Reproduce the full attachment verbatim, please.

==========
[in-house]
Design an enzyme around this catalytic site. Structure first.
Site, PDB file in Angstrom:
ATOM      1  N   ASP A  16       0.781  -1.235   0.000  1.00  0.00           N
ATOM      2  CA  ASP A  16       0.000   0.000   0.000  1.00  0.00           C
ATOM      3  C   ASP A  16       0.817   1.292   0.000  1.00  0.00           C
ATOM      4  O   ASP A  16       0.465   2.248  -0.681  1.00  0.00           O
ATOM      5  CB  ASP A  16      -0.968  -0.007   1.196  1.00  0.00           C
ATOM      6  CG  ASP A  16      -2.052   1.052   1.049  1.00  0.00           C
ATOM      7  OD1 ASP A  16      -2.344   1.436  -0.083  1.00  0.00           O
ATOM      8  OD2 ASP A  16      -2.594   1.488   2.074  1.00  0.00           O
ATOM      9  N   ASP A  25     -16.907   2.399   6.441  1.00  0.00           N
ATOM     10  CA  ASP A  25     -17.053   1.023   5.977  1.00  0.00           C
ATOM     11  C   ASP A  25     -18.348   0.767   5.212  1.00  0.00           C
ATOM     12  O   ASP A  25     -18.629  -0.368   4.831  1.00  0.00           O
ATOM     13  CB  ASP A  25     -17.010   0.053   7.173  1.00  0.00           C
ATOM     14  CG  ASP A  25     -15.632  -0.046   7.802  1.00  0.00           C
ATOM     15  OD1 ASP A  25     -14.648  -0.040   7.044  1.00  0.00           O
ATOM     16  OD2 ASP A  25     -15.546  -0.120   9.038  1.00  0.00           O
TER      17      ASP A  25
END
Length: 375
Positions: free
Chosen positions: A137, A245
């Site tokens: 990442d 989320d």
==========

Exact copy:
[in-house]
Design an enzyme around this catalytic site. Structure first.
Site, PDB file in Angstrom:
ATOM      1  N   ASP A  16       0.781  -1.235   0.000  1.00  0.00           N
ATOM      2  CA  ASP A  16       0.000   0.000   0.000  1.00  0.00           C
ATOM      3  C   ASP A  16       0.817   1.292   0.000  1.00  0.00           C
ATOM      4  O   ASP A  16       0.465   2.248  -0.681  1.00  0.00           O
ATOM      5  CB  ASP A  16      -0.968  -0.007   1.196  1.00  0.00           C
ATOM      6  CG  ASP A  16      -2.052   1.052   1.049  1.00  0.00           C
ATOM      7  OD1 ASP A  16      -2.344   1.436  -0.083  1.00  0.00           O
ATOM      8  OD2 ASP A  16      -2.594   1.488   2.074  1.00  0.00           O
ATOM      9  N   ASP A  25     -16.907   2.399   6.441  1.00  0.00           N
ATOM     10  CA  ASP A  25     -17.053   1.023   5.977  1.00  0.00           C
ATOM     11  C   ASP A  25     -18.348   0.767   5.212  1.00  0.00           C
ATOM     12  O   ASP A  25     -18.629  -0.368   4.831  1.00  0.00           O
ATOM     13  CB  ASP A  25     -17.010   0.053   7.173  1.00  0.00           C
ATOM     14  CG  ASP A  25     -15.632  -0.046   7.802  1.00  0.00           C
ATOM     15  OD1 ASP A  25     -14.648  -0.040   7.044  1.00  0.00           O
ATOM     16  OD2 ASP A  25     -15.546  -0.120   9.038  1.00  0.00           O
TER      17      ASP A  25
END
Length: 375
Positions: free
Chosen positions: A137, A245
């Site tokens: 990442d 989320d």